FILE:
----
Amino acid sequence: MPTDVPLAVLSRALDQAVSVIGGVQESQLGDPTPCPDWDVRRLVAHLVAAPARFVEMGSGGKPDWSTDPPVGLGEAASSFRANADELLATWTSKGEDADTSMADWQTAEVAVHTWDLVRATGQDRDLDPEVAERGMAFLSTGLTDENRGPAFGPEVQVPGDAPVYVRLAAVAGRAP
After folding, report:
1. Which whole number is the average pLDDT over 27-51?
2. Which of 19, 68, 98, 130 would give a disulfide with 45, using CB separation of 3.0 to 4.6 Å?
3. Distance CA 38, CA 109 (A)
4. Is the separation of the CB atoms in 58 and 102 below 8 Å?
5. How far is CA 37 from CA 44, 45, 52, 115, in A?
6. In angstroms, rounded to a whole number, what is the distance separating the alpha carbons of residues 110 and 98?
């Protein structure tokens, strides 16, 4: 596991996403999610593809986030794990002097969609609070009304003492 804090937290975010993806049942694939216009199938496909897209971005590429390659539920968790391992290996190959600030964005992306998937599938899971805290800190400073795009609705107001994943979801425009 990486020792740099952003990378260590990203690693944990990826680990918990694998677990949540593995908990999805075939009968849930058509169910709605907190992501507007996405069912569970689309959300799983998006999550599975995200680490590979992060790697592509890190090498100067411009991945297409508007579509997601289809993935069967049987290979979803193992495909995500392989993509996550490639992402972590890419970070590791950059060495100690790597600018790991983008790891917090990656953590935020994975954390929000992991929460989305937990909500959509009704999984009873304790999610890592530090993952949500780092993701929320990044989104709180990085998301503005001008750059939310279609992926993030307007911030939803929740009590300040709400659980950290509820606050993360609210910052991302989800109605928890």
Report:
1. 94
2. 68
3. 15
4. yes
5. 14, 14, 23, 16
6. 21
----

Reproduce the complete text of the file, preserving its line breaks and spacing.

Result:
Amino acid sequence: MPTDVPLAVLSRALDQAVSVIGGVQESQLGDPTPCPDWDVRRLVAHLVAAPARFVEMGSGGKPDWSTDPPVGLGEAASSFRANADELLATWTSKGEDADTSMADWQTAEVAVHTWDLVRATGQDRDLDPEVAERGMAFLSTGLTDENRGPAFGPEVQVPGDAPVYVRLAAVAGRAP
After folding, report:
1. Which whole number is the average pLDDT over 27-51?
2. Which of 19, 68, 98, 130 would give a disulfide with 45, using CB separation of 3.0 to 4.6 Å?
3. Distance CA 38, CA 109 (A)
4. Is the separation of the CB atoms in 58 and 102 below 8 Å?
5. How far is CA 37 from CA 44, 45, 52, 115, in A?
6. In angstroms, rounded to a whole number, what is the distance separating the alpha carbons of residues 110 and 98?
């Protein structure tokens, strides 16, 4: 596991996403999610593809986030794990002097969609609070009304003492 804090937290975010993806049942694939216009199938496909897209971005590429390659539920968790391992290996190959600030964005992306998937599938899971805290800190400073795009609705107001994943979801425009 990486020792740099952003990378260590990203690693944990990826680990918990694998677990949540593995908990999805075939009968849930058509169910709605907190992501507007996405069912569970689309959300799983998006999550599975995200680490590979992060790697592509890190090498100067411009991945297409508007579509997601289809993935069967049987290979979803193992495909995500392989993509996550490639992402972590890419970070590791950059060495100690790597600018790991983008790891917090990656953590935020994975954390929000992991929460989305937990909500959509009704999984009873304790999610890592530090993952949500780092993701929320990044989104709180990085998301503005001008750059939310279609992926993030307007911030939803929740009590300040709400659980950290509820606050993360609210910052991302989800109605928890």
Report:
1. 94
2. 68
3. 15
4. yes
5. 14, 14, 23, 16
6. 21